What should you look at to determine the value of the benchmark Sensex index on the Bombay Stock Exchange in the months ahead?
You could take a painstaking bottom-up approach and compute earnings growth for all the Sensex companies. Or, you could take a top-down approach and argue that economic growth is going to go up in the next few months, which will increase company earnings. Or, you could take a shot at gauging risk appetite and assume that it is bound to increase, which would mean more money coming into the markets, thereby sending the index up.
But if you want to use just one indicator, the US dollar index could be a good measure to track. The dollar index measures the value of the dollar against a basket of major currencies. As the accompanying chart shows, there’s an amazingly close relationship between the US dollar index and the Sensex.
Also See Remarkable Relationship (Graphic)
The chart plots the Sensex against the inverse of the dollar index because when the dollar index falls, the Sensex rises. The Sensex is plotted against the left hand side of the y-axis, while the right hand side measures the inverse of the dollar index.
The relationship was not there at the beginning of 2008, but was strong towards the end of the year. And the rise of the Sensex and the fall in the dollar since March is also closely correlated.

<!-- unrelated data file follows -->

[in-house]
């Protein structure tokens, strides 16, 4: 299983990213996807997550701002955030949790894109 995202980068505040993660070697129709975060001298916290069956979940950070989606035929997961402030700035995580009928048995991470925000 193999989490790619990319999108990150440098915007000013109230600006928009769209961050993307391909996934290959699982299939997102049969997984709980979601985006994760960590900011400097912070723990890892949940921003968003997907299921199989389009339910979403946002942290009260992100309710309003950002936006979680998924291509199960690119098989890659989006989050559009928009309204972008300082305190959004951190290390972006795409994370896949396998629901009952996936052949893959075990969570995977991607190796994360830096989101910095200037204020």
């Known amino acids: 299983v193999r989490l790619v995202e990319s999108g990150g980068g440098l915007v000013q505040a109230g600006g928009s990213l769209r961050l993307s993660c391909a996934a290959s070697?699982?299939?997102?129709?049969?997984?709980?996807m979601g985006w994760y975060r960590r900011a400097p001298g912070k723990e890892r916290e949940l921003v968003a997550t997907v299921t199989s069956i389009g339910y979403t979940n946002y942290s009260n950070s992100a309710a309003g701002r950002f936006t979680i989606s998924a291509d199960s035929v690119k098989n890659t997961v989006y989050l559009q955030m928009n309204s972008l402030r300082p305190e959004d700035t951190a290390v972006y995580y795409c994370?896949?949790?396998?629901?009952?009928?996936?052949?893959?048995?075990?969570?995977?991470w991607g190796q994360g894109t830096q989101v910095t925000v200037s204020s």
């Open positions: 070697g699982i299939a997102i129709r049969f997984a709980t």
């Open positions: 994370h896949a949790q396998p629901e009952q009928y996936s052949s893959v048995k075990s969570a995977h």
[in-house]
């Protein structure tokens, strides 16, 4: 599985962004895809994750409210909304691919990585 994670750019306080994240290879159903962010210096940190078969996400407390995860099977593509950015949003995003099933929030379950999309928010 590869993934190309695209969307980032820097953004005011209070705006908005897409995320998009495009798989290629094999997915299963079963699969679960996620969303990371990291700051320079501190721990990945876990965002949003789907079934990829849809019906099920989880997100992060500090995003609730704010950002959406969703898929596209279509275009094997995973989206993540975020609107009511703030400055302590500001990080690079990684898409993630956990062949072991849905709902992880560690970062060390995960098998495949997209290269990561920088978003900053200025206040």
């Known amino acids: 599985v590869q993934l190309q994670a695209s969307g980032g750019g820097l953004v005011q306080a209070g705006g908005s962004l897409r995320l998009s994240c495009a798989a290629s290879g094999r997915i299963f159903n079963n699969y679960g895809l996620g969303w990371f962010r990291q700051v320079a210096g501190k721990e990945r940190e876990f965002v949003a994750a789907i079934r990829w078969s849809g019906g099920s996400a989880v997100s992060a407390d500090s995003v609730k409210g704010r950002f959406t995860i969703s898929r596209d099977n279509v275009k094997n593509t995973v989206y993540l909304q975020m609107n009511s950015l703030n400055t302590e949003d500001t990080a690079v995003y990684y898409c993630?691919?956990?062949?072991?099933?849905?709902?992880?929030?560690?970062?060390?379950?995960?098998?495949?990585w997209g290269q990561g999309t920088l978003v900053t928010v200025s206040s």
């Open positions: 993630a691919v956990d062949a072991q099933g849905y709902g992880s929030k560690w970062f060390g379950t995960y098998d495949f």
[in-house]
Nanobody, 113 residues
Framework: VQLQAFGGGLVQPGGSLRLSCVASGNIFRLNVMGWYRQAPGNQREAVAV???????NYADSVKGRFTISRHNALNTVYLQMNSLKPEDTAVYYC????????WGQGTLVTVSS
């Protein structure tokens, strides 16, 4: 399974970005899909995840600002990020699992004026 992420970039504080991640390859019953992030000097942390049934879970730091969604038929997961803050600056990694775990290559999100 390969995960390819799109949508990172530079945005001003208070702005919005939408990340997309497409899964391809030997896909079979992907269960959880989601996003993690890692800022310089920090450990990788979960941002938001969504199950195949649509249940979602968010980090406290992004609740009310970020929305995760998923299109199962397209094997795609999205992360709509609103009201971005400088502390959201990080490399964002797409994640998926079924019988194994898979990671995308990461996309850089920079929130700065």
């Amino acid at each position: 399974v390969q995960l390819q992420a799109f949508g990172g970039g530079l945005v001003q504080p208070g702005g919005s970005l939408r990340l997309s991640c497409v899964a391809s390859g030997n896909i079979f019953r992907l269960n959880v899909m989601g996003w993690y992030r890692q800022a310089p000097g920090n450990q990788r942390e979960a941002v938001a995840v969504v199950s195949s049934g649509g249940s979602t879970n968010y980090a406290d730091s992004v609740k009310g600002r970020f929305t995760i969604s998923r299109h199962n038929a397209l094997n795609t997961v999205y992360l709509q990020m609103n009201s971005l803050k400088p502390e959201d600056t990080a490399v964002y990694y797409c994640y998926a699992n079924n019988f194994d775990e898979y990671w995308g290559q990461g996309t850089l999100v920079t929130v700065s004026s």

That is hardly surprising, because the dollar weakens when money flows out of the US. And since the Indian market gets a small share of those flows, the inverse relationship between the dollar and the Sensex is obvious.
Similarly, when funds rushed back to the perceived safe haven in the US in the later part of 2008, markets crashed and the dollar strengthened. A falling dollar also encourages US investors to put their money in non-dollar assets, thus reinforcing the trend.
While the dollar has been falling on fears about the gargantuan US fiscal deficit, opinion is divided about the extent to which it will continue to weaken. But as the chart shows, investors will be well advised to watch the trend in the dollar index to figure out where the stock market is headed.
Graphics by Sandeep Bhatnagar / Mint
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